Posted by: Anna Webb | April 25, 2009

The Newest Black Sand Beach on Earth


In 1990, lava erupted and flowed over the towns of Kalapana, Kaimu and Kaimu Bay burying them, and the lovely black sand beach nearby, under several feet of black lava rock. The town and residents’ homes were all but decimated and lush greenery burned to its original form of carbon and reintegrated into the natural cycle of things.

Once the flow ran its course, the ocean began picking up the large rocks of hardened black lava and pounded them upon the shore breaking it back into tiny particles of black sand.

Today, 19 years later, coconut trees and other greenery lines the carved out walking path to the newly recreated black sand beach. Local residents contribute every day by planting a variety of palm trees and plants indigenous to the area to assist nature in its reclamation of beauty.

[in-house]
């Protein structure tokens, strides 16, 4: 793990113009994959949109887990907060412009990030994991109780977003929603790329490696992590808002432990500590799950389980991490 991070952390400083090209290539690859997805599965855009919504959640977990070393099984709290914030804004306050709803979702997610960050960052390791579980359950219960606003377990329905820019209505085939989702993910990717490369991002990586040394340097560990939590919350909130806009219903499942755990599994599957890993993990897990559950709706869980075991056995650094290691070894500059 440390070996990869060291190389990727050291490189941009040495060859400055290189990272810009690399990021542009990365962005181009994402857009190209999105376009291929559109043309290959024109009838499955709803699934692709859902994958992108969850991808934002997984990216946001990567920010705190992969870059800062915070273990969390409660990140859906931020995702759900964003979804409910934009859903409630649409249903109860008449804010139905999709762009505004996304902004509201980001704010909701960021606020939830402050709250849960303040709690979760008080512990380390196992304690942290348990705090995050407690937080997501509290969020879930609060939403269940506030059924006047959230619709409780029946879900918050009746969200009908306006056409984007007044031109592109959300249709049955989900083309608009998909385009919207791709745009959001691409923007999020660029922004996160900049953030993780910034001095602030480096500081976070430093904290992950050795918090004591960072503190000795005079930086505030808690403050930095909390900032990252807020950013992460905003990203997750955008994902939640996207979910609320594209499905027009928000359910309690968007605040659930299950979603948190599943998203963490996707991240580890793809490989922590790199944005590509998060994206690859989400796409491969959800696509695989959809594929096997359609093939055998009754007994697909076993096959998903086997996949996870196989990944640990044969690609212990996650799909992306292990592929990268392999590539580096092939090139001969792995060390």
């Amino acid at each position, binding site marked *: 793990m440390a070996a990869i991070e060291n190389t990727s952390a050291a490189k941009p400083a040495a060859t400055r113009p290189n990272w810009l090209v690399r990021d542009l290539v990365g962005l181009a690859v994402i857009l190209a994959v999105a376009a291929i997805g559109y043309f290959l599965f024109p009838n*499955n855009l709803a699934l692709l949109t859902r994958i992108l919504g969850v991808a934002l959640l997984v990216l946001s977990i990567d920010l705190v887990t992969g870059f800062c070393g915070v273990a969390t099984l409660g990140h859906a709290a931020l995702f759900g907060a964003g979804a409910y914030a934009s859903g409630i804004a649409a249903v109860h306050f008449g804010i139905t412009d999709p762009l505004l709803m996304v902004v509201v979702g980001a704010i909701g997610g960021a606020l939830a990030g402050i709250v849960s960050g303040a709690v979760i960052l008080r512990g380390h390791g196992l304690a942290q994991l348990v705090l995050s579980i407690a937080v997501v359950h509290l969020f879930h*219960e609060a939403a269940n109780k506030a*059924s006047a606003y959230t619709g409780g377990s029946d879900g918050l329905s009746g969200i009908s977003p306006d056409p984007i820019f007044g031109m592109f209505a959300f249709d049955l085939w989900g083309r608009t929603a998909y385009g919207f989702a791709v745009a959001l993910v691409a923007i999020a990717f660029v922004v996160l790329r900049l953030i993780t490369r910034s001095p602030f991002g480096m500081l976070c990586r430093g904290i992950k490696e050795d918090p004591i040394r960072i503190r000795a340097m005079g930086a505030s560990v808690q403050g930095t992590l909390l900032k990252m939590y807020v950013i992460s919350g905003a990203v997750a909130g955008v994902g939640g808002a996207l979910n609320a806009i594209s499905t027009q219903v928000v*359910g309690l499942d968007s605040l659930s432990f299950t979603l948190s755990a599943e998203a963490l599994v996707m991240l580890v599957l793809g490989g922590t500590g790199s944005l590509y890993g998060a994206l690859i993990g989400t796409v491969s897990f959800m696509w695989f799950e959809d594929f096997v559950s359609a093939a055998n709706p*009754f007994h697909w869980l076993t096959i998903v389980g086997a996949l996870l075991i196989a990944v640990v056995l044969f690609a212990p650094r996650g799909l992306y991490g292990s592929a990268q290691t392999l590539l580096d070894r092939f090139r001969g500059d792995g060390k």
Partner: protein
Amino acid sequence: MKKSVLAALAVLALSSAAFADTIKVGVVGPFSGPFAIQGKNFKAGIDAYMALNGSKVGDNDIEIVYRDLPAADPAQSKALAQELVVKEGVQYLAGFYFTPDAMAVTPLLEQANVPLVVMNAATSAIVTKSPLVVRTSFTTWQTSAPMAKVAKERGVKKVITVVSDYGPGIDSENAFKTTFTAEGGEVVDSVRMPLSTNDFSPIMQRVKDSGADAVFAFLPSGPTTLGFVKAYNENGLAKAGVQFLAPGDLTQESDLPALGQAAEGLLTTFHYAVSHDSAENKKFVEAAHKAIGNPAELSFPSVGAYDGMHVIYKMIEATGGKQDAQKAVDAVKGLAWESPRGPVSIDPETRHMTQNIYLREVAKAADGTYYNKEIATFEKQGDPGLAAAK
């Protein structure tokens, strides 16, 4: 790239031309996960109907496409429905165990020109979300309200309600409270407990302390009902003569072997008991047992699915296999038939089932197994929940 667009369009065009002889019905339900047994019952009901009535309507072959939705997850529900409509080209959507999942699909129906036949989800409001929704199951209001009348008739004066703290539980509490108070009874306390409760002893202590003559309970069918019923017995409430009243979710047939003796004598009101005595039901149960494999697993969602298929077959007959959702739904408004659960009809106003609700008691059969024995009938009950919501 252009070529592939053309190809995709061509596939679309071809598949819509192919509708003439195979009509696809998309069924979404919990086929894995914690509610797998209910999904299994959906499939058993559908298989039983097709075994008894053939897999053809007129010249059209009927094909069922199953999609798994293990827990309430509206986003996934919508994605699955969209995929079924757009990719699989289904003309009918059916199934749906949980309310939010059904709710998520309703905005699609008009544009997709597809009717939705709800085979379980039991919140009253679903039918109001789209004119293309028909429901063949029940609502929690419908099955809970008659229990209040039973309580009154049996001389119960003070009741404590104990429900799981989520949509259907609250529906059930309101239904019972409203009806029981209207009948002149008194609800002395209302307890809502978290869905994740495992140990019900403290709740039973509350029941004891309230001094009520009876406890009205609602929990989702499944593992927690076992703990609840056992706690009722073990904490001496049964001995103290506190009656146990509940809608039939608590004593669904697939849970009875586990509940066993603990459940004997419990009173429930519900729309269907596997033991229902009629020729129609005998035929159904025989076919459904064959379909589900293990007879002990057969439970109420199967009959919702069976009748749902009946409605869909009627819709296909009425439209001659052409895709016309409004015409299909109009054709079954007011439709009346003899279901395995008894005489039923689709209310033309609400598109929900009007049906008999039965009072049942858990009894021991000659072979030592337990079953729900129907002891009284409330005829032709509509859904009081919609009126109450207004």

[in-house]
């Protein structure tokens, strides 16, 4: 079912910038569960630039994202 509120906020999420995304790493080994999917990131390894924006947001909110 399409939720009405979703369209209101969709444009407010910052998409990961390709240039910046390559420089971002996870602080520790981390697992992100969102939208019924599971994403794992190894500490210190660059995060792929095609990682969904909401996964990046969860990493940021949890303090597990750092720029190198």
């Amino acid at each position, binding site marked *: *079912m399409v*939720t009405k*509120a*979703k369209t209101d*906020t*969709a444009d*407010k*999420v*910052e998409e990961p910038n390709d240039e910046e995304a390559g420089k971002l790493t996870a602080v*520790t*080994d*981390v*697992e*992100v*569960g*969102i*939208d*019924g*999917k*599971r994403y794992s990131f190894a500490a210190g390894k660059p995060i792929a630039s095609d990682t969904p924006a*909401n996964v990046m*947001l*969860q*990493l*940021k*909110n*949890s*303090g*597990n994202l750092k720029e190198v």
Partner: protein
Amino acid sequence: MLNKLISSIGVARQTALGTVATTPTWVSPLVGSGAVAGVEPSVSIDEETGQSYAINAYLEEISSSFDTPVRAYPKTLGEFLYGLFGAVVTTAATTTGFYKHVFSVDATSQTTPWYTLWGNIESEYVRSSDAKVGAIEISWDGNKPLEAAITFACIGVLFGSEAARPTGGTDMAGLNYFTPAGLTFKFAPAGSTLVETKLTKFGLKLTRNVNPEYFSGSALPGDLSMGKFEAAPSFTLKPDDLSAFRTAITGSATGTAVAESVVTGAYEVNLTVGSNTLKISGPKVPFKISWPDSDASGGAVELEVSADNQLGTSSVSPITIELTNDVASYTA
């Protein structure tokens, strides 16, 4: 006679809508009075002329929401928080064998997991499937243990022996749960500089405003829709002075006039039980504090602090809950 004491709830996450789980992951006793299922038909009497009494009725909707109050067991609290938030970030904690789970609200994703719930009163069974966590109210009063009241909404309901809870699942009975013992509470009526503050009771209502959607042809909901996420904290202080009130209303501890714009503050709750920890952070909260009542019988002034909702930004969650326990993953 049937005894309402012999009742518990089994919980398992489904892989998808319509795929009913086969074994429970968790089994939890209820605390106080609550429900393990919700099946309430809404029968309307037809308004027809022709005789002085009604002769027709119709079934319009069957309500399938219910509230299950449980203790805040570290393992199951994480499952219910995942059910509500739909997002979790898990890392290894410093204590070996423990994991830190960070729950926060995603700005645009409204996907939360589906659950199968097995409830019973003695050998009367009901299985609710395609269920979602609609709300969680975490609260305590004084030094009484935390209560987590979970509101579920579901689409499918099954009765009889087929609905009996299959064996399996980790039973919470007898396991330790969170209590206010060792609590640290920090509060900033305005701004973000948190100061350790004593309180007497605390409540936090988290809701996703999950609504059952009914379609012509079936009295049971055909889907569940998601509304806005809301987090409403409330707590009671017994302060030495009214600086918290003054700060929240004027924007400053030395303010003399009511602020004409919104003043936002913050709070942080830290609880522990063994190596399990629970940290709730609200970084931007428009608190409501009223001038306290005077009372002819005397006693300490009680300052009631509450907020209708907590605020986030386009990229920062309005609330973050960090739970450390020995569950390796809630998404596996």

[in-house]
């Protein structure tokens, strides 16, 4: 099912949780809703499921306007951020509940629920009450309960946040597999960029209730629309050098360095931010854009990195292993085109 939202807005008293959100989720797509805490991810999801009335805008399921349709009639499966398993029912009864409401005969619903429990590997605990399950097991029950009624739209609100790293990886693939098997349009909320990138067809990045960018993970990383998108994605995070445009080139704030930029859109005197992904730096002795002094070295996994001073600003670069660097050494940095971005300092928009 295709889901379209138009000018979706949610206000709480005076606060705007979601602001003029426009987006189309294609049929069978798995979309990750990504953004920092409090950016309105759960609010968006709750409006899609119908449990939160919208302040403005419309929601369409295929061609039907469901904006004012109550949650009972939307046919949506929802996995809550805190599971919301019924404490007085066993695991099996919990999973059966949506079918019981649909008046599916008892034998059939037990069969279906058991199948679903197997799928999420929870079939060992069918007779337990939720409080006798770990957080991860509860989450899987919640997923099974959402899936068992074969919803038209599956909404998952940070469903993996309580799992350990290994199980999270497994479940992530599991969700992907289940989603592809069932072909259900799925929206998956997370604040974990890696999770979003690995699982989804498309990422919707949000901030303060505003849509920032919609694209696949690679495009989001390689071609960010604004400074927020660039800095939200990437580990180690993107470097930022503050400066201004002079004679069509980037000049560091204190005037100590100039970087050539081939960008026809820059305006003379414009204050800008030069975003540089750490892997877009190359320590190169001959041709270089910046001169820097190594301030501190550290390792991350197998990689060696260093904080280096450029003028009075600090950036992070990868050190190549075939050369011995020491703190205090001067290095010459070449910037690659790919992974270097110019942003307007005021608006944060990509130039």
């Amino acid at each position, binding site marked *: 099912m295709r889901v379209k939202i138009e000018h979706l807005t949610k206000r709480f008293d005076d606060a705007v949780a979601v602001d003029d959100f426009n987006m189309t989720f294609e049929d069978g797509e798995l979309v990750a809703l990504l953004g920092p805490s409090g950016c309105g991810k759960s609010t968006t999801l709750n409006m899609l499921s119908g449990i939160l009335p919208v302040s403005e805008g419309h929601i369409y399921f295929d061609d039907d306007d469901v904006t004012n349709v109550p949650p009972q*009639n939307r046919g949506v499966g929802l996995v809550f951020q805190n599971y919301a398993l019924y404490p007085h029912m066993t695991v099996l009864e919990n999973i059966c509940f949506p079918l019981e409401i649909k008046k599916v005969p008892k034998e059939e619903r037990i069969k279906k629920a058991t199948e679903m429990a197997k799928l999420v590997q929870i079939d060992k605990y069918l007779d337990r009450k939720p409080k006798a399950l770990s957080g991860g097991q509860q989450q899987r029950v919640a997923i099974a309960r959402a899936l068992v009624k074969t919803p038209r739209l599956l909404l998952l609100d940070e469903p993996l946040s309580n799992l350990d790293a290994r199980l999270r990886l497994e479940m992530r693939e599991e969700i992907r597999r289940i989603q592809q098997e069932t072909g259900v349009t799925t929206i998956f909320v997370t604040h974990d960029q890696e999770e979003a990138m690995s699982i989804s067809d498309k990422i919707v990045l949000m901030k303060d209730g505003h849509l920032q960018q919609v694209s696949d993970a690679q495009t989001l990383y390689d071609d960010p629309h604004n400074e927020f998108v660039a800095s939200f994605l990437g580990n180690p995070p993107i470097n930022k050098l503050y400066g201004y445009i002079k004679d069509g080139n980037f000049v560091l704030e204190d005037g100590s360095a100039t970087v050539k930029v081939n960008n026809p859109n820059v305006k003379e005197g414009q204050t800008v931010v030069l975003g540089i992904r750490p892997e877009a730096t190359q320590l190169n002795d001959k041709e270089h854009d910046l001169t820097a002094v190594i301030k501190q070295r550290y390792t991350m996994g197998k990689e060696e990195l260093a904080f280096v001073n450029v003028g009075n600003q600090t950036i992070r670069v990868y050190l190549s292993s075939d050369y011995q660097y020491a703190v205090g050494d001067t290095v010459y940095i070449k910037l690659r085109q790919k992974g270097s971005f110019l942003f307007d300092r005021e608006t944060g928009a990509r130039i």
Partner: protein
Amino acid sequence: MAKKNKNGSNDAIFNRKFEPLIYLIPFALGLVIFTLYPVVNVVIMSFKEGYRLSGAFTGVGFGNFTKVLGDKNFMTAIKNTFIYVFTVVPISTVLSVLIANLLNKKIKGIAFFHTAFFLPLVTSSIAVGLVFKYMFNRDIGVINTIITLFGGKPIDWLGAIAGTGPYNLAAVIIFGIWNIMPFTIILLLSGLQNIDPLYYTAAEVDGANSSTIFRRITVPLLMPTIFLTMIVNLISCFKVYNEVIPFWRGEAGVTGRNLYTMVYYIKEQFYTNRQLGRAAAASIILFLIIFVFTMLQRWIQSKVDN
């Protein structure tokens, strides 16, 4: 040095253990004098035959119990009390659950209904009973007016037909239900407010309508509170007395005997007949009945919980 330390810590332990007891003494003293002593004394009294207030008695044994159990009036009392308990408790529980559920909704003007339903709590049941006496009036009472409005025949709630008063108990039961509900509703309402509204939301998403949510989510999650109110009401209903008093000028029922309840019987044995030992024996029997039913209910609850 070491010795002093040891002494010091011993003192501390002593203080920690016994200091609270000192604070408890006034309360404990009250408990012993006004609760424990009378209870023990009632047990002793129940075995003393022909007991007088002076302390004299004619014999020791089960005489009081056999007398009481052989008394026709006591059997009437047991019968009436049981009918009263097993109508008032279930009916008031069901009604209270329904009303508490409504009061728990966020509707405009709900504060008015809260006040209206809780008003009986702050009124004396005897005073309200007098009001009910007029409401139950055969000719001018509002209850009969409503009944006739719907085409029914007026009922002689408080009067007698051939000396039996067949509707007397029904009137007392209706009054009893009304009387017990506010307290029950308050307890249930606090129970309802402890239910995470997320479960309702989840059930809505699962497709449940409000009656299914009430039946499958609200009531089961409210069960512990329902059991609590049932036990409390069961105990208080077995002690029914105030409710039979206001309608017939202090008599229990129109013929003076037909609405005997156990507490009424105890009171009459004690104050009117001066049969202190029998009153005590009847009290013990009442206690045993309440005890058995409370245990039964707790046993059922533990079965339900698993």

At the end of the Red Road, southeast Big Island coastal route 137, the village of Kaimu bustles with activity. Tour buses stop to let visitors explore the wonders of the newest black sand beach on Earth, locals gather at Uncle Mikey’s or Kalapana Cafe for grinds and a cold drink and vendors sell their wares. Coconut palms sway in the breeze amidst a backdrop of the large plume of steam created from the current lava flow entering the ocean nearby. It serves as a reminder of both the power and beauty of nature.

It also signals a fact of life worth considering: even nature, in it’s cycle of death and rebirth, emerges victorious.

No matter how devastating an experience seems, there is always hope for the emergence of a new order. It’s nature’s way. And Spirit is something no one destroys. In this place, the Spirit of Aloha is alive and kicking.┬áThe newest black sand beach on Earth reminds us that there is always hope and beauty.


  1. Anna, this stuff is fascinating! As usual, your writing is superb! I’m really proud of you for taking on this wonderful challenge…keep me posted on the updates.


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